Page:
We all dream and many of us wake, unaware of what we dreamt or, perhaps, left with a dim memory. Dreams, like life, come and go, leave us with memories, regrets, or a feeling of relief and celebration. Poetry is the “net” which captures these feelings, bringing them out of the shadows and into the light.
And dreams are the perfect inspiration for poetry. Today’s “lesson” is more of an offering of an insight into the way dreams, or the desire to dream and a bit of imagination, may lead you into the world of poetic wonder.
If you have dreamt of being lost, of wandering, of seeking something you can’t find – find the words, the images, the metaphors, and similes to take us, where your dream took you. You may not “wander lonely as a cloud,” but you might have found yourself “lost in the embrace of a dream/ stumbling through shadows/ tripping over tears…” You may have felt “the dark, gray fingers of fear / the light touch of laughter/ dread tightening like a closing fist/ around your heart.”
Let your dreams, upon waking, take you into a world of imagery, of words coming together to bridge the gap between sleep and waking, so that we may know what you know, feel what you feel, understand the connection between us.
If you are like me, you have dreams that seem to be bits and pieces of time and space. You wake remembering a scramble of faces, places, doing this and that, no storyline, no semblance of order – and that, my friends, is the perfect inspiration for a poem. Take those fragments, those “broken glass” moments and tease them into a poem. The feeling of being lost, the old friend or lost loved one, the laughter coming from behind a curtain, the stumbling over broken ground, the need to find something, the need to lose something… All these fragments are what nourishes poetry, and the poem may take a turn you were not expecting, once you start writing it. It may just negotiate its way through the erratic moments of your dreams and turn them into a startling poem, revealing things to you, the poet, that you “never knew you never knew.”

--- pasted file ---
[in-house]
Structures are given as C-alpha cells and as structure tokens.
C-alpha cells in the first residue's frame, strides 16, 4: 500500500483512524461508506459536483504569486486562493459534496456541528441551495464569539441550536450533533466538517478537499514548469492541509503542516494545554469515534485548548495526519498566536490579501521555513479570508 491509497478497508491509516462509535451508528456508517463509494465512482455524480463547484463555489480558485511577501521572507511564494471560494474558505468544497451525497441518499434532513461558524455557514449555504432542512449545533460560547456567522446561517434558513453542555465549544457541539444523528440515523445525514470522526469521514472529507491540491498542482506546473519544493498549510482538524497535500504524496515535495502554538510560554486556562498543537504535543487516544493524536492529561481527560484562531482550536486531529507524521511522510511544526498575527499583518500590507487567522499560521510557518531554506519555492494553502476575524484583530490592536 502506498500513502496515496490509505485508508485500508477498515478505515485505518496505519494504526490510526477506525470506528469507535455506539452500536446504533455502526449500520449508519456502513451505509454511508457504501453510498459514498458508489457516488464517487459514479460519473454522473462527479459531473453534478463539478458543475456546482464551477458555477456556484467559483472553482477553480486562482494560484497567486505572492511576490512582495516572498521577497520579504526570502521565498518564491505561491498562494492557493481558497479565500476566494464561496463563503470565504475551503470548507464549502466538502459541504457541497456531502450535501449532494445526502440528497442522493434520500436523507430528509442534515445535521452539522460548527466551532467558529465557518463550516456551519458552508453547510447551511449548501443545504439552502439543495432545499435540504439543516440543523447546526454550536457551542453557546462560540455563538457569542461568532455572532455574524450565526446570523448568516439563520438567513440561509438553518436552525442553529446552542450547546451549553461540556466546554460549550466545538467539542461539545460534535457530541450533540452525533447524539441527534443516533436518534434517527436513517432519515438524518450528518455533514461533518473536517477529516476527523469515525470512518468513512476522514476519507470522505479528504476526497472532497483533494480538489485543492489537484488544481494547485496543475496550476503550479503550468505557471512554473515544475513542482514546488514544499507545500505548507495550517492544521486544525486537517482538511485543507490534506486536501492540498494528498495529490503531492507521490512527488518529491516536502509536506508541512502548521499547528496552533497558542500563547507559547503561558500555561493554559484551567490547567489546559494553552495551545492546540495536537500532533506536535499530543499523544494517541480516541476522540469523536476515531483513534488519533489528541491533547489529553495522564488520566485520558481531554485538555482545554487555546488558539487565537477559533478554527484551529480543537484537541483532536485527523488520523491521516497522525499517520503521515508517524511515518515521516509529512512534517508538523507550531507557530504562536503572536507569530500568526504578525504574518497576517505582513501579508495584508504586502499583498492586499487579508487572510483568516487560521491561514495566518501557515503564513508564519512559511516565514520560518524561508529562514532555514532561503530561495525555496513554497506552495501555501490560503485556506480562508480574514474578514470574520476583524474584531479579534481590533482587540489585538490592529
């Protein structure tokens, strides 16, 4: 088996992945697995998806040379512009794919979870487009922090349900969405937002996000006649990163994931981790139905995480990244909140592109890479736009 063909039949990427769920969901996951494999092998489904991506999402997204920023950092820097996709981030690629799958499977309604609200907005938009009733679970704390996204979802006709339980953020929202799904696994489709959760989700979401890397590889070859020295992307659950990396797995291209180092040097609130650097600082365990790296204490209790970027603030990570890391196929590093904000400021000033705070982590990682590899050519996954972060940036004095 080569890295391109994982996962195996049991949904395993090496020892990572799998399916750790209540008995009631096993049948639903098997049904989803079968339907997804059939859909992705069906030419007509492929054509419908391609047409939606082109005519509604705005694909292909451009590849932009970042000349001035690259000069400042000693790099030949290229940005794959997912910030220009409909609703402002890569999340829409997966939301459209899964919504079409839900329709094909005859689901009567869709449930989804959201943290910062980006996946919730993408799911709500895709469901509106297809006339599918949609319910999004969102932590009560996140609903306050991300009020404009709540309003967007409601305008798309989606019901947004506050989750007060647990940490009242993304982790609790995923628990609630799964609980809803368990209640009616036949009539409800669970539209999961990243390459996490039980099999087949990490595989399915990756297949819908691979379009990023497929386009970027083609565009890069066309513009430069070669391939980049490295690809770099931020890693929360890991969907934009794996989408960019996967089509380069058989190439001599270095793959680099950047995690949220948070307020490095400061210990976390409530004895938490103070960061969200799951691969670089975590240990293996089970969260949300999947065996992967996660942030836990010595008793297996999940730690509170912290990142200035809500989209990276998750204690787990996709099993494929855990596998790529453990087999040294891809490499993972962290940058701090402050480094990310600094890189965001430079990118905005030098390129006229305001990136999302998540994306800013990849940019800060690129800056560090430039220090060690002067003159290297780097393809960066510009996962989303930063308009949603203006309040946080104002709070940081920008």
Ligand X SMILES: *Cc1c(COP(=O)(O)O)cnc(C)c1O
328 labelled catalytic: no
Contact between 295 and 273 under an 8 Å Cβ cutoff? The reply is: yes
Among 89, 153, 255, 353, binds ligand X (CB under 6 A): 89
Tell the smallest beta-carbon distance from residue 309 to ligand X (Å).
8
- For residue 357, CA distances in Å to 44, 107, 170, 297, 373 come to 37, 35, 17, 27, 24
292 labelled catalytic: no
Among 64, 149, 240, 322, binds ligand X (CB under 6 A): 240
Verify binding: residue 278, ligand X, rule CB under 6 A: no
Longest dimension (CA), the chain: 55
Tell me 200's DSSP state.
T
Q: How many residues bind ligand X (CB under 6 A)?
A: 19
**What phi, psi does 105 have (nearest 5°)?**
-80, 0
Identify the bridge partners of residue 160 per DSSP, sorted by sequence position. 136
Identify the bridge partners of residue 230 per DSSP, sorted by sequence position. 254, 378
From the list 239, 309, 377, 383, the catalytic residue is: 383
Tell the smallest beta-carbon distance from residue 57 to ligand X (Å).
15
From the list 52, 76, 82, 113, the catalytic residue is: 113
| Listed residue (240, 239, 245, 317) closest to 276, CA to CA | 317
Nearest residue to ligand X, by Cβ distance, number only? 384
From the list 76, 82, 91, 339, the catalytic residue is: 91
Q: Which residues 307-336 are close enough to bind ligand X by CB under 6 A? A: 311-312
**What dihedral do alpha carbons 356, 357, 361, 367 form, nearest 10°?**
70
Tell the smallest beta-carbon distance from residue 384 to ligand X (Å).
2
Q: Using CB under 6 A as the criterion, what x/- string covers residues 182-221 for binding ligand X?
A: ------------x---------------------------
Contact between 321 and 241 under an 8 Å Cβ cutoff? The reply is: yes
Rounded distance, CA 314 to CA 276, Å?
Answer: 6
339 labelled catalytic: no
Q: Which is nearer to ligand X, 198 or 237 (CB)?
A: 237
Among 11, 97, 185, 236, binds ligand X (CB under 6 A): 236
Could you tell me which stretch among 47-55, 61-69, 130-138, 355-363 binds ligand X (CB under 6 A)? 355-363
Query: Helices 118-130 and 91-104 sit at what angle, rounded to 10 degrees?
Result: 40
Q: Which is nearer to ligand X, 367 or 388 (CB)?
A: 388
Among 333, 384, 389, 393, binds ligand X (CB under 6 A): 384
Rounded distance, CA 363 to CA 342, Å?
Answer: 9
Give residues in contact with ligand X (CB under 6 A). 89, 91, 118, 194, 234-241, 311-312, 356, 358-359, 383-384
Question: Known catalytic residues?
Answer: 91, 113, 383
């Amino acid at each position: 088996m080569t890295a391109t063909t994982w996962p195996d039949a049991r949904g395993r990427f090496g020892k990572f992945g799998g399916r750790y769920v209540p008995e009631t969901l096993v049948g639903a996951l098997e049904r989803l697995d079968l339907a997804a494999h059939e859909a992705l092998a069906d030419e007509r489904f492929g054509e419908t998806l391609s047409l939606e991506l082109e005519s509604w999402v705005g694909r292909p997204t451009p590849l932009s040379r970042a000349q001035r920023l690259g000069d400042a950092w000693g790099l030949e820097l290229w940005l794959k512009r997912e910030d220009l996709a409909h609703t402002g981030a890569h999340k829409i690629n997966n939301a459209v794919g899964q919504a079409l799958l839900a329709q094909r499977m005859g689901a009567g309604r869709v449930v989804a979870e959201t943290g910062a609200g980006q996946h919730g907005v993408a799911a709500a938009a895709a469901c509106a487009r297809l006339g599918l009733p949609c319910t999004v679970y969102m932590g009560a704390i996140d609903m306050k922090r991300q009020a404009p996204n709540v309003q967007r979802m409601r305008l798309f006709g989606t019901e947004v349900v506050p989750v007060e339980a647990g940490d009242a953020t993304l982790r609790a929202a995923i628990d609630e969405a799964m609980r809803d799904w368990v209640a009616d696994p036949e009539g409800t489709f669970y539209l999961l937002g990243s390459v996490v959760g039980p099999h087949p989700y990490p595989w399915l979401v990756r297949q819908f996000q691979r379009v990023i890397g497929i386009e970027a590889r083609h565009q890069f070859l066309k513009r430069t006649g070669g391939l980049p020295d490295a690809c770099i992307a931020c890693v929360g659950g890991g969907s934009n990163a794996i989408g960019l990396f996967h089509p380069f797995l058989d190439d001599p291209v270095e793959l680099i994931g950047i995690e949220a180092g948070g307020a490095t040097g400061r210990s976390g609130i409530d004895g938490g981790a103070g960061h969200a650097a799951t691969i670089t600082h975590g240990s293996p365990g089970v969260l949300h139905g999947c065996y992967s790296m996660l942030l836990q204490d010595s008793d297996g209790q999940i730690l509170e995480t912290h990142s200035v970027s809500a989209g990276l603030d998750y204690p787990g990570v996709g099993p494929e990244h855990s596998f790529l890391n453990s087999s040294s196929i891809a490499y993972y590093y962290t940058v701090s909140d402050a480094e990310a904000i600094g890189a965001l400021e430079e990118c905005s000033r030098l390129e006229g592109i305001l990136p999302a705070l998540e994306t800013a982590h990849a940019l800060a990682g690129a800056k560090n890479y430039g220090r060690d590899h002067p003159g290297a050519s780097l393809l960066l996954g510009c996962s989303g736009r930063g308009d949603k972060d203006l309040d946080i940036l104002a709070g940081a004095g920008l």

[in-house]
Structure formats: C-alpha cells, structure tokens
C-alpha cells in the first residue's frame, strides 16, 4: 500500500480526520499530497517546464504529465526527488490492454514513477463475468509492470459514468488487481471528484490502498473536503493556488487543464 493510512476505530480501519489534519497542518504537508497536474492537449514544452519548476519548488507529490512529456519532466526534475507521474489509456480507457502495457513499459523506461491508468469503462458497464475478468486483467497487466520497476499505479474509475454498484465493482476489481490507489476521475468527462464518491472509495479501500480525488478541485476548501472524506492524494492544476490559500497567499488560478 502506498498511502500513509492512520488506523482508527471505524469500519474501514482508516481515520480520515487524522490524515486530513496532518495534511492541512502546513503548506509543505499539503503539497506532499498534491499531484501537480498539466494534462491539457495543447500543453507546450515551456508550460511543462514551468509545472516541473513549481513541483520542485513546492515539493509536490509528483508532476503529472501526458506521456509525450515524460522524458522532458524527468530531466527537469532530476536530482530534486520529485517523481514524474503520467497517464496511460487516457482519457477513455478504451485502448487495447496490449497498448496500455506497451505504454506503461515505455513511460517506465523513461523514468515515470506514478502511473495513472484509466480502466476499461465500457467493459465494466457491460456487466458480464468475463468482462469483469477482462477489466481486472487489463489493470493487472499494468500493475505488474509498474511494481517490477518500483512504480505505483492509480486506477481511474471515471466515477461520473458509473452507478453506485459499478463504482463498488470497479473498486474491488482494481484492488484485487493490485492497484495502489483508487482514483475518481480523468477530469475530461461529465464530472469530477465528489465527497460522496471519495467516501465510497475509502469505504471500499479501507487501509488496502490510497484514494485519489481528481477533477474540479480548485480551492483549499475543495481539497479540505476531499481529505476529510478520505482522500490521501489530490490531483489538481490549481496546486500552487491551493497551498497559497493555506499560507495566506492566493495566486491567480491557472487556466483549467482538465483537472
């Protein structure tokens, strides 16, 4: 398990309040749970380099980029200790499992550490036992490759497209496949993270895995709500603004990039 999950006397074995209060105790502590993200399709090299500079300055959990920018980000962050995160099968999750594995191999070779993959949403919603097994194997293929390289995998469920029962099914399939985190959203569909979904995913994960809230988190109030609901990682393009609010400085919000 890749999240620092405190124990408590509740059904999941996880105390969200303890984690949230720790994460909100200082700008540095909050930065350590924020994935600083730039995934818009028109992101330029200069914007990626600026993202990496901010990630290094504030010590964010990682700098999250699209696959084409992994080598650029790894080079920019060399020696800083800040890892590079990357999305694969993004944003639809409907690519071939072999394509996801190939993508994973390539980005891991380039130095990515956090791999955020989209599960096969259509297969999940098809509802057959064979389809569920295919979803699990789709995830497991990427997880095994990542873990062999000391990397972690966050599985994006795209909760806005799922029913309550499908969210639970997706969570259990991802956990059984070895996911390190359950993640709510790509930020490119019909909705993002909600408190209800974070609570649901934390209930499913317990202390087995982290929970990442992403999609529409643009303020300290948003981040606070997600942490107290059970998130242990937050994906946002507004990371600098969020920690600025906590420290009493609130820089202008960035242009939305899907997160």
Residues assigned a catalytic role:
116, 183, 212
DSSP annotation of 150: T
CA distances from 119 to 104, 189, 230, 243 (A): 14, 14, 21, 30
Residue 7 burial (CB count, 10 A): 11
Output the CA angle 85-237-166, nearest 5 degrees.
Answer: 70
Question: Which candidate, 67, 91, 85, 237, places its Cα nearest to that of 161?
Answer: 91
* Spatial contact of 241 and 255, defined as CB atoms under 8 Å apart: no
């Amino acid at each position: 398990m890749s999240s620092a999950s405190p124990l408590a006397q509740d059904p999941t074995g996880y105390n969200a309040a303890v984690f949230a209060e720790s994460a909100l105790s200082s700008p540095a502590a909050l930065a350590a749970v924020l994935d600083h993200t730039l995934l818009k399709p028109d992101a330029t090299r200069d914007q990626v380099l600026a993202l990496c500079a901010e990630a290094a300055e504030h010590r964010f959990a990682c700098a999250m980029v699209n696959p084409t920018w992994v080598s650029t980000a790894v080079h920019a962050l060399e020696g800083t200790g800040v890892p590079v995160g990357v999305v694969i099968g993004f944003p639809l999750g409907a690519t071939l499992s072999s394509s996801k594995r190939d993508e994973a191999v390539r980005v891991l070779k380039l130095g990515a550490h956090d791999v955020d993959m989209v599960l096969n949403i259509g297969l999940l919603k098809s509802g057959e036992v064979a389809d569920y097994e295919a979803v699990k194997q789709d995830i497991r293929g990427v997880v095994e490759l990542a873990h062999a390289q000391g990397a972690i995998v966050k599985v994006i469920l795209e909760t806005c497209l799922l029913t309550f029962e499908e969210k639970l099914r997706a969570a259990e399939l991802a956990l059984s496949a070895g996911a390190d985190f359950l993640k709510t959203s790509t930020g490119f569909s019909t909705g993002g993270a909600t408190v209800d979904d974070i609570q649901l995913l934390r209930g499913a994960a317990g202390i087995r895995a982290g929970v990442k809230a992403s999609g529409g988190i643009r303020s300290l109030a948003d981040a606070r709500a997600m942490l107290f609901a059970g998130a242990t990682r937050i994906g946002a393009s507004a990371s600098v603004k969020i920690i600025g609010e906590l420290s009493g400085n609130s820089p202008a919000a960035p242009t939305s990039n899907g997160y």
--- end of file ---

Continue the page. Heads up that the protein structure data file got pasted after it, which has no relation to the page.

Here’s another bit of advice. Keep a pad and pencil by your bedside. I often wake, particularly from a troubled dream, with a kind of desperate need to both remember and forget, the dream. It is almost as if, I woke myself to escape the dream. Jot down what you remember – a scream – a dark tunnel – a hand reaching out to you – being lost in a maze – swimming against a strong current – touching something that made your skin crawl – hearing a desperate voice calling your name… And then, when time is available and you have achieved a place of calm, choose one or more of the things you wrote down and start to expand on them. It does not have to be your retelling of the dream – it does need to be, where the dream took you, and where you want to take us.
FRAGMENTS OF A DREAM
The scream was startling
as icy fingers crawling
down the back of my neck I
trembled out of breath
as though the current
of my dreams were pulling me
down we were truly lost
in yesterday today
alone I drown.
– SAK (All rights reserved)